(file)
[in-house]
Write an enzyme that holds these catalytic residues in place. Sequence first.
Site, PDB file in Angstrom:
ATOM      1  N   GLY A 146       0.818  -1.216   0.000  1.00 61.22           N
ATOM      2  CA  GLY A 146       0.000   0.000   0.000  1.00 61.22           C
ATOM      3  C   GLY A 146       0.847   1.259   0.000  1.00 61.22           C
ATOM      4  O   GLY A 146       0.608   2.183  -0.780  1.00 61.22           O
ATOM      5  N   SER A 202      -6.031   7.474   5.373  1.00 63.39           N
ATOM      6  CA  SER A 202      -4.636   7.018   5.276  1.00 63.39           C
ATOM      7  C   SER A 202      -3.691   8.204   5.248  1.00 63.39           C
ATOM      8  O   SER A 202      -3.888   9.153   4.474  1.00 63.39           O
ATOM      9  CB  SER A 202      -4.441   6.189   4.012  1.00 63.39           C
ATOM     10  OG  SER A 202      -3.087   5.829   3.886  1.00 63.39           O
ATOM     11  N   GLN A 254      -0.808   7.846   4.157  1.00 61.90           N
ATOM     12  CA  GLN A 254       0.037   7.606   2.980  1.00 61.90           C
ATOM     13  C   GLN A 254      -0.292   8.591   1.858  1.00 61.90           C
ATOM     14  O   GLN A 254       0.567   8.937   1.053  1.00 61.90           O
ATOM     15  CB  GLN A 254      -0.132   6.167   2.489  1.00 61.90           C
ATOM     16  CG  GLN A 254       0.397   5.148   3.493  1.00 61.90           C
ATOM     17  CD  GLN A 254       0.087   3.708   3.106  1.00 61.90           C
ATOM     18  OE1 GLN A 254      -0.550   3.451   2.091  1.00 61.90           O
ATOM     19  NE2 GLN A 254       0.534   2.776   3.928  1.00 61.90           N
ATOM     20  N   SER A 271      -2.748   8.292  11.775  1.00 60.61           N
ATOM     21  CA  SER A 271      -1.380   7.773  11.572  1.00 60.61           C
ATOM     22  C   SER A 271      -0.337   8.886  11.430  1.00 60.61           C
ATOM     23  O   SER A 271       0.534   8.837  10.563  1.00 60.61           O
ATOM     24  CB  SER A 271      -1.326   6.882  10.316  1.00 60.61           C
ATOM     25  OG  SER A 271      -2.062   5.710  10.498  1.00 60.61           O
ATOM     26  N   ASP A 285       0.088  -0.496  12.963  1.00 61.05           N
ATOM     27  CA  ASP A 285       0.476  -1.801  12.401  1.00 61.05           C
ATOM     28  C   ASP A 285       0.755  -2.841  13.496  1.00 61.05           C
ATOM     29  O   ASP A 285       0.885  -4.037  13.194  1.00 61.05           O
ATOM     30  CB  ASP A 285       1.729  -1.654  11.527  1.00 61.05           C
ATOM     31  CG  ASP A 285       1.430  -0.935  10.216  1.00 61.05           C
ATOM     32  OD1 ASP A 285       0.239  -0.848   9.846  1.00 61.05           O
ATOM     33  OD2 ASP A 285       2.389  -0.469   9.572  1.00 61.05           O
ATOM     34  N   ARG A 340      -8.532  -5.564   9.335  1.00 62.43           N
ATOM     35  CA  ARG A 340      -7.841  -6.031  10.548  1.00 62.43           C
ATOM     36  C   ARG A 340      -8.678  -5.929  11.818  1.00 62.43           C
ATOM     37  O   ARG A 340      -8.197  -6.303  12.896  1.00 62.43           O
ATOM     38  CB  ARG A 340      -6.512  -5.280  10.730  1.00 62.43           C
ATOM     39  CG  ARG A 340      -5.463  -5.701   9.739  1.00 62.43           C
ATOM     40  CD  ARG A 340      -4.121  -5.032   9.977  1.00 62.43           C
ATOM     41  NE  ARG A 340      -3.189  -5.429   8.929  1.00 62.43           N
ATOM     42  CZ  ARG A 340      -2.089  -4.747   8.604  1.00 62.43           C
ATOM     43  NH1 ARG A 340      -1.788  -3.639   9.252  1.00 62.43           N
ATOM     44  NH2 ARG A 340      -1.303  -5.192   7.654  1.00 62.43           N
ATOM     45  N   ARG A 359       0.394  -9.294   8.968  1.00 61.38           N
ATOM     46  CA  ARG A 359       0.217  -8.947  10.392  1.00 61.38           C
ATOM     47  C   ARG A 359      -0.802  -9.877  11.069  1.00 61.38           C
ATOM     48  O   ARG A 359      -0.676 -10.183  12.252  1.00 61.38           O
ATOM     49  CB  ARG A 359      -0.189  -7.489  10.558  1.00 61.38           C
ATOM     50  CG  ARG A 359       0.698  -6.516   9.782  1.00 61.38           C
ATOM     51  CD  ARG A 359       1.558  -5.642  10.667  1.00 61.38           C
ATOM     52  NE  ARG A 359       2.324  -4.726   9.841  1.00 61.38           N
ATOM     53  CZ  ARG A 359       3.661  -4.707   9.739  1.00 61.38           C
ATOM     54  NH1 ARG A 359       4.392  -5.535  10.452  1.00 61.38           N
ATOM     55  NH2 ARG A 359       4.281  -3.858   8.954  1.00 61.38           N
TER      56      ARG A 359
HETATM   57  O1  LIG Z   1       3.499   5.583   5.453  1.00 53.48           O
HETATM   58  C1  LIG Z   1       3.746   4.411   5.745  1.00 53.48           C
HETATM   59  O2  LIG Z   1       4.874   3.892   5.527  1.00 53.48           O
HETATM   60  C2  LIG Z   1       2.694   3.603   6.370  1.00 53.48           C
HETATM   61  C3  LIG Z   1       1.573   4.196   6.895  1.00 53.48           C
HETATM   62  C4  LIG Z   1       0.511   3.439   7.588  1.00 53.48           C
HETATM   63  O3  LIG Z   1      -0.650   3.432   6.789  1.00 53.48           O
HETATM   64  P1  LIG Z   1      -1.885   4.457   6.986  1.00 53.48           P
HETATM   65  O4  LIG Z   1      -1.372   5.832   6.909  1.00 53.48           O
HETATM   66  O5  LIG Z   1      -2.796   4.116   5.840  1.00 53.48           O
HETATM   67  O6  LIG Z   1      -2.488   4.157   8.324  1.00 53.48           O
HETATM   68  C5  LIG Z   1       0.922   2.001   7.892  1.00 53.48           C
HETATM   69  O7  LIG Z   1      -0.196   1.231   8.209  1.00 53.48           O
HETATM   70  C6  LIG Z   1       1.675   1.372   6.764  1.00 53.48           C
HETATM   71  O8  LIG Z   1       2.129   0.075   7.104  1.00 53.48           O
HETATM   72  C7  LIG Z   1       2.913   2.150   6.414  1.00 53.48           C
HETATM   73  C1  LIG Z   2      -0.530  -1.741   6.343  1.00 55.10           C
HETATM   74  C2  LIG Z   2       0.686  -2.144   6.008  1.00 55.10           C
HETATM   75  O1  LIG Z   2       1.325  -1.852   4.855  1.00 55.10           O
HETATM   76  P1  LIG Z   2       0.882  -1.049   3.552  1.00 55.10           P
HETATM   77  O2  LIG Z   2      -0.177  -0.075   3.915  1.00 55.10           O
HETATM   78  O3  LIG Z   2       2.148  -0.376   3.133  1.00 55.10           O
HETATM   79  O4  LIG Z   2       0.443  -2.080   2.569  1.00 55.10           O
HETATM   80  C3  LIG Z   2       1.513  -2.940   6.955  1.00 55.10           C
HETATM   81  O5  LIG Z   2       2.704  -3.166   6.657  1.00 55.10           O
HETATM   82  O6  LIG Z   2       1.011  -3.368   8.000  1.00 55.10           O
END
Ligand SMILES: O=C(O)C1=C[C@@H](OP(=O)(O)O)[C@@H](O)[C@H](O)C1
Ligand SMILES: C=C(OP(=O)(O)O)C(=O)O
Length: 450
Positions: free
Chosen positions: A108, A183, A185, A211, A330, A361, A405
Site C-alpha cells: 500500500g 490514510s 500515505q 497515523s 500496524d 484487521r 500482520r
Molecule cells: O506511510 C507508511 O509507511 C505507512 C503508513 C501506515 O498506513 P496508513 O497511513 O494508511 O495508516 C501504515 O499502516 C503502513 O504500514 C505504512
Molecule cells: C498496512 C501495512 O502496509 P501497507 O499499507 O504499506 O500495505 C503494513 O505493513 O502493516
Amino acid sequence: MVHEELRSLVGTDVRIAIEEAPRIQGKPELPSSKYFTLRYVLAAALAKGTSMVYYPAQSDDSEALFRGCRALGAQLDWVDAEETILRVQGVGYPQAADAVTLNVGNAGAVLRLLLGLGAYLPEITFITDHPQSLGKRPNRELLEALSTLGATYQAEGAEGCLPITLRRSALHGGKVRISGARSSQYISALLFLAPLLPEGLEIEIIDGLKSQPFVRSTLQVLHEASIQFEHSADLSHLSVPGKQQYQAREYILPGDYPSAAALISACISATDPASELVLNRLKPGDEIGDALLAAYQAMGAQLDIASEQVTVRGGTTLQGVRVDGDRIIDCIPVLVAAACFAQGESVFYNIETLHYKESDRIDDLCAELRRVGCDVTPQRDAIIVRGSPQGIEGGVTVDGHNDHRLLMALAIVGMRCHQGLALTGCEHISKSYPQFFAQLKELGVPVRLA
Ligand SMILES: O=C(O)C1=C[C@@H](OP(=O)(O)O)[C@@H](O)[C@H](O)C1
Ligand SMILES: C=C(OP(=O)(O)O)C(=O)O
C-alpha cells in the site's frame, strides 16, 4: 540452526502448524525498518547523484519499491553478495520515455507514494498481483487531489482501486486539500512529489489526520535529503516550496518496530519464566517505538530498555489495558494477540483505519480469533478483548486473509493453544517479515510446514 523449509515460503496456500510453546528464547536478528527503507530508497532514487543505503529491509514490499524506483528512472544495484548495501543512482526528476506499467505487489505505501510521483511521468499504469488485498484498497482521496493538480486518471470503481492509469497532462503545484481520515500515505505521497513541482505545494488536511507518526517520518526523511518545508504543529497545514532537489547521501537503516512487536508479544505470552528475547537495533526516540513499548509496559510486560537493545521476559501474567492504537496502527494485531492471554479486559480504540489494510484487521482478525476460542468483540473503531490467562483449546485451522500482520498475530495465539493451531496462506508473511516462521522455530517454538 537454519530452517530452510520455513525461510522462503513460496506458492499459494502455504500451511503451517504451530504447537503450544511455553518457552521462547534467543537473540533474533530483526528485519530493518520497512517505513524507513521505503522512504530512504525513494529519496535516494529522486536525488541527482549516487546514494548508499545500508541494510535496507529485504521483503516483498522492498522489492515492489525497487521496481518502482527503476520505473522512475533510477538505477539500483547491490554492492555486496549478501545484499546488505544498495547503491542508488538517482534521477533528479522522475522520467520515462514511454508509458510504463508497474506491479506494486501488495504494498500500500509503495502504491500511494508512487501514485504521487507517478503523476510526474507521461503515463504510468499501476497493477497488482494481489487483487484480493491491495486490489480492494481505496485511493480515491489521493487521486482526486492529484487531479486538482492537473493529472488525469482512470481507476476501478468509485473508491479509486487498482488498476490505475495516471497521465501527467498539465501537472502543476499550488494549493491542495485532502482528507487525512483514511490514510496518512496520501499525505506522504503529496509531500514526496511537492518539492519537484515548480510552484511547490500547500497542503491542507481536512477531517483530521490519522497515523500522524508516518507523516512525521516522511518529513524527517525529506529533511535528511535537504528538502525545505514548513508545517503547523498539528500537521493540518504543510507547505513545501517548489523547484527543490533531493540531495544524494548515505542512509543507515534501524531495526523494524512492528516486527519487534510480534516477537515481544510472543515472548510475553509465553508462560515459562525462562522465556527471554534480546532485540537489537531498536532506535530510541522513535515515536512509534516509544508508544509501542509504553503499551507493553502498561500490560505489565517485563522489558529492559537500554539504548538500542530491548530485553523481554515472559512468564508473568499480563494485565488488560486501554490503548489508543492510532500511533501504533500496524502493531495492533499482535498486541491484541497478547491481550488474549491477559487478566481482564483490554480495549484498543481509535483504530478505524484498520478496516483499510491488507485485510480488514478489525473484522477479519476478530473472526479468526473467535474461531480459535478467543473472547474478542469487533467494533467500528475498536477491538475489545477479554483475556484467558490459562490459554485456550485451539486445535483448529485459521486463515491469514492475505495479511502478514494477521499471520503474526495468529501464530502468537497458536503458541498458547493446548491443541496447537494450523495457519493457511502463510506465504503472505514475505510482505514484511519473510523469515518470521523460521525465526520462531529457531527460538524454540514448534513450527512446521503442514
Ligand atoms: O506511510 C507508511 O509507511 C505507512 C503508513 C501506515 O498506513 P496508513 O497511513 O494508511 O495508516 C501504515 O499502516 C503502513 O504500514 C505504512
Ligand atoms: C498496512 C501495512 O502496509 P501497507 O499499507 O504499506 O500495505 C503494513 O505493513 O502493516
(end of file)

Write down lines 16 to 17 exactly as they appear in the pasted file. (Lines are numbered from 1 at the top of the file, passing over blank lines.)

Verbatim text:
ATOM     13  C   GLN A 254      -0.292   8.591   1.858  1.00 61.90           C
ATOM     14  O   GLN A 254       0.567   8.937   1.053  1.00 61.90           O